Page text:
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  • Print publication year: 2019
  • Online publication date: November 2019

Serbia: Transgender Issues before the Constitutional Court of Serbia

Summary

INTRODUCTION: BRIEF GUIDANCE THROUGH TRANSGENDER TERMINOLOGY

Gender identity is one of the most fundamental aspects of life. According to the Yogyakarta Principles, gender identity refers to each person's deeply felt internal and individual experience of gender, which may or may not correspond with the sex assigned at birth, including the personal sense of the body (which may involve, if freely chosen, modification of bodily appearance or function by medical, surgical or other means) and other expressions of gender, including dress, speech and mannerisms. Transgenderism is an umbrella notion and includes people whose gender identity differs from the sex assigned at birth and also people who feel the need to express themselves differently from the expected gender role assigned at birth, through clothing, decoration, behaviour, speech form, cosmetics or body. Those people do not identify or express themselves as male or female. Therefore, transgenderism includes transgender and transsexual people, transvestites, cross-dressers and very oft en intersex people.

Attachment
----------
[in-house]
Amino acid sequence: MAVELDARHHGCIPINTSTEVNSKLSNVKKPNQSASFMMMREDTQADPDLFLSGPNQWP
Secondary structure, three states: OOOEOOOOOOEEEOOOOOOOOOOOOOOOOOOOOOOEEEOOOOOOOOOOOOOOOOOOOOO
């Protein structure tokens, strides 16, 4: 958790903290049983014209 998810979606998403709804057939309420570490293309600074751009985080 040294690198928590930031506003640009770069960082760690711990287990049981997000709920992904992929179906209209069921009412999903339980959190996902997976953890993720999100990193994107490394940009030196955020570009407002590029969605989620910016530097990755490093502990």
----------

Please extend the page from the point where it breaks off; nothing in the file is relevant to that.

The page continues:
Transsexuality is defined as an extreme form of gender dysphoria: when a person with all external characteristics of one sex at the same time firmly believes that he or she belongs to another sex. The syndrome of gender dysphoria means feeling uncomfortable due to incompatibility between one's own gender identity and gender role, on the one hand, and biological sex, i.e. primary and secondary sex characteristics, on the other hand. In addition, transsexuality is considered a gender identity disorder according to the 10th Revision of International Classification of Diseases (‘ICD-10’) that was officially adopted at the 43rd Assembly of World Health Organization in May 1990. Therefore, transsexuality is a desire to live and be accepted as a member of the opposite sex, usually accompanied by a sense of discomfort with, or inappropriateness of, one's anatomic sex, and a wish to have surgery and hormonal treatment to make one's body as congruent as possible with one's preferred sex.

LEGAL PROBLEMS PRIOR TO LEGISLATIVE CHANGE

Until recently, in Serbia there was no legal framework to change legal gender status or personal documents of transgender persons after having undergone gender reassignment surgery.